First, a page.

In September 1960, Father Buckley moved into a temporary rectory at 1615 Elmdale and daily Mass began on September 7 in the chapel of this building. He secured the services of the School Sisters of St. Francis for the parish school. The sisters commuted from Our Lady of Perpetual Help for six months until a home was rented.

Father Nugent, who built Villa Redeemer Retreat Center, also helped by recruiting Priests to say Mass; they commuted from Edgarton, Wisconsin to assist.

By October 1960, a Ladies’ Guild and Holy Name Society had been formed and plans were underway for a combination church-school facility. On April 23, 1961, ground was broken for a church-school structure; the cornerstone was laid on August 26, 1961. Mass was celebrated in the new church quarters on Christmas Eve, 1961. The school was opened on January 3, 1962. Sister Mary Louise O.S.F. was the first principal. Past principals include Sister Veronica Margareth O.S.F., Sister Bernella O.S.F., Sister Sean Morley O.S.F., Sister Elaine Campbell B.V.M., and Sister Kathleen Heer S.L.W.

Cardinal Meyer dedicated the new $750,000 parish building on April 8, 1962. Father Burns was the first associate pastor, followed by Father Paul Burke, Father James Ouletta, Father William Barry, Father Richard Welc, Father Joseph Altman, and Father Walter DeRoeck. Father Julian Harast resided at the rectory and assisted after his retirement as pastor at St. John Chrysostom until his death in 1983.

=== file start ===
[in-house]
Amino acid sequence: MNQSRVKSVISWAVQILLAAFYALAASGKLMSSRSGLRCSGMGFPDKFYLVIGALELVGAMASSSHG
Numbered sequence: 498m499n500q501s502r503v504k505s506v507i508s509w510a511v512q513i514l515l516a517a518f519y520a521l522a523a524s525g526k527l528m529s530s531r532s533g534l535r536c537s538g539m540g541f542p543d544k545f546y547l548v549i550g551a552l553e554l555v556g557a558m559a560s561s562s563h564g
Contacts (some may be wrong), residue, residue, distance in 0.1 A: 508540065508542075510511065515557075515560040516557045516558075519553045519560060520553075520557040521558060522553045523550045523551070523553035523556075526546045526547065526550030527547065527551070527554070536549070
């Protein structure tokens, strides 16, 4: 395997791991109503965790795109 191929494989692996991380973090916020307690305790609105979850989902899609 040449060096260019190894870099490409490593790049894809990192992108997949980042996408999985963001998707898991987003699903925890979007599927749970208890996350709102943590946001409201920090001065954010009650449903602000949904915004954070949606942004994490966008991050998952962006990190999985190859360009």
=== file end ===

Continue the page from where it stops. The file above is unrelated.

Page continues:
In 1965, a building at 3360 Thornwood Avenue was purchased for use as a convent. On June 4, 1968, John Cardinal Cody approved plans for the erection of a permanent church and groundbreaking took place on June 9, 1968. The church was opened officially on October 3, 1969, and dedicated on December 14, 1969 by Cardinal Cody. In 1970, permission was granted for construction of the 4-bedroom rectory at 3535 Thornwood.

In the 1990’s, several building projects were undertaken and completed. In 1994, Marian hall was constructed, the existing Father Buckley Hall was renovated, and the new meeting rooms were created for the parish use. On the Feast of Christ the King, November 26, 1995, the Perpetual Eucharistic Adoration Chapel was dedicated and opened.

In 1998, the church and chapel were renovated and the Pro-Life Shrine was built. Francis Cardinal George joined in the celebration, dedicating, and blessing the church, chapel, and shrine on September 11, 1999.

The Early Childhood Development Center was completed and opened in the fall of 2001. This will be a year-round center offering daycare for working parents, and will be educationally based.

Father Buckley retired on January 1, 1981 and served as Pastor Emeritus. He died on October 7, 1987. He was succeeded by Father Joseph Auer as Pastor until June 1989, when Father James Murphy became Pastor. Fr. Murphy served as pastor for 13 years and then accepted a pastoral assignment at St. Barbara's Church in Brookfield, IL, at which point Fr. Robert Mair, working as associated pastor for the previous 2 years,  was assigned to be pastor of St. Catherine Laboure. Fr Mair retired in July, 2008 and is now the Pastor Emeritus. Fr. P. Maina Waithaka was assigned to the Parish  to succeed Fr. Mair and is now the current pastor.